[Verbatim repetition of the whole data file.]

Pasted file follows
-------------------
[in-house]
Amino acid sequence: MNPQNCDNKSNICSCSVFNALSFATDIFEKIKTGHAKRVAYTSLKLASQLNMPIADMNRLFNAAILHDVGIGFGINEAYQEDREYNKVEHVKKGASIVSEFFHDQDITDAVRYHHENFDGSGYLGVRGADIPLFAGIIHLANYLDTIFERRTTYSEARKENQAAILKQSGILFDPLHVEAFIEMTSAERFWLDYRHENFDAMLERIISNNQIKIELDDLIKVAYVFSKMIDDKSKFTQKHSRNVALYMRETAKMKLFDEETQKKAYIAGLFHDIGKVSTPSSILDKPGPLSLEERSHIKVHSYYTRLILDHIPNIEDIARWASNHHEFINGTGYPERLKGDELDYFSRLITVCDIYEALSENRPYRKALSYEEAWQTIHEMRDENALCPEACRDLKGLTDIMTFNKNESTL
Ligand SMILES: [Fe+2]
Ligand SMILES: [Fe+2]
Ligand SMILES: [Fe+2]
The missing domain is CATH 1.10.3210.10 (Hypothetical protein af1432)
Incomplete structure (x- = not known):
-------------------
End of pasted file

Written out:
[in-house]
Amino acid sequence: MNPQNCDNKSNICSCSVFNALSFATDIFEKIKTGHAKRVAYTSLKLASQLNMPIADMNRLFNAAILHDVGIGFGINEAYQEDREYNKVEHVKKGASIVSEFFHDQDITDAVRYHHENFDGSGYLGVRGADIPLFAGIIHLANYLDTIFERRTTYSEARKENQAAILKQSGILFDPLHVEAFIEMTSAERFWLDYRHENFDAMLERIISNNQIKIELDDLIKVAYVFSKMIDDKSKFTQKHSRNVALYMRETAKMKLFDEETQKKAYIAGLFHDIGKVSTPSSILDKPGPLSLEERSHIKVHSYYTRLILDHIPNIEDIARWASNHHEFINGTGYPERLKGDELDYFSRLITVCDIYEALSENRPYRKALSYEEAWQTIHEMRDENALCPEACRDLKGLTDIMTFNKNESTL
Ligand SMILES: [Fe+2]
Ligand SMILES: [Fe+2]
Ligand SMILES: [Fe+2]
The missing domain is CATH 1.10.3210.10 (Hypothetical protein af1432)
Incomplete structure (x- = not known):